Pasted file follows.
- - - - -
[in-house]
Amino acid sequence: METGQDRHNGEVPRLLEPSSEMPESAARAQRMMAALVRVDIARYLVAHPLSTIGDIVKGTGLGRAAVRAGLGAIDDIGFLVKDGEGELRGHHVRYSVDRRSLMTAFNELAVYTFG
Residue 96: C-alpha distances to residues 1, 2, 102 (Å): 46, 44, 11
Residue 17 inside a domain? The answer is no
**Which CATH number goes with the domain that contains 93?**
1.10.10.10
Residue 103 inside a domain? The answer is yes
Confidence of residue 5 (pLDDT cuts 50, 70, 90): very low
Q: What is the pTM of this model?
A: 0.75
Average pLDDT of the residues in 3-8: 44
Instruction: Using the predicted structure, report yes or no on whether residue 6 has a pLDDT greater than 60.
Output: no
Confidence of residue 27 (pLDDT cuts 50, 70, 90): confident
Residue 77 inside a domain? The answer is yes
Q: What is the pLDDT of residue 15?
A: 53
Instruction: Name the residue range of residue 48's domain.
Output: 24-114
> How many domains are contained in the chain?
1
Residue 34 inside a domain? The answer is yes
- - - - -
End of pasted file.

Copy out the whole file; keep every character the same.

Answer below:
[in-house]
Amino acid sequence: METGQDRHNGEVPRLLEPSSEMPESAARAQRMMAALVRVDIARYLVAHPLSTIGDIVKGTGLGRAAVRAGLGAIDDIGFLVKDGEGELRGHHVRYSVDRRSLMTAFNELAVYTFG
Residue 96: C-alpha distances to residues 1, 2, 102 (Å): 46, 44, 11
Residue 17 inside a domain? The answer is no
**Which CATH number goes with the domain that contains 93?**
1.10.10.10
Residue 103 inside a domain? The answer is yes
Confidence of residue 5 (pLDDT cuts 50, 70, 90): very low
Q: What is the pTM of this model?
A: 0.75
Average pLDDT of the residues in 3-8: 44
Instruction: Using the predicted structure, report yes or no on whether residue 6 has a pLDDT greater than 60.
Output: no
Confidence of residue 27 (pLDDT cuts 50, 70, 90): confident
Residue 77 inside a domain? The answer is yes
Q: What is the pLDDT of residue 15?
A: 53
Instruction: Name the residue range of residue 48's domain.
Output: 24-114
> How many domains are contained in the chain?
1
Residue 34 inside a domain? The answer is yes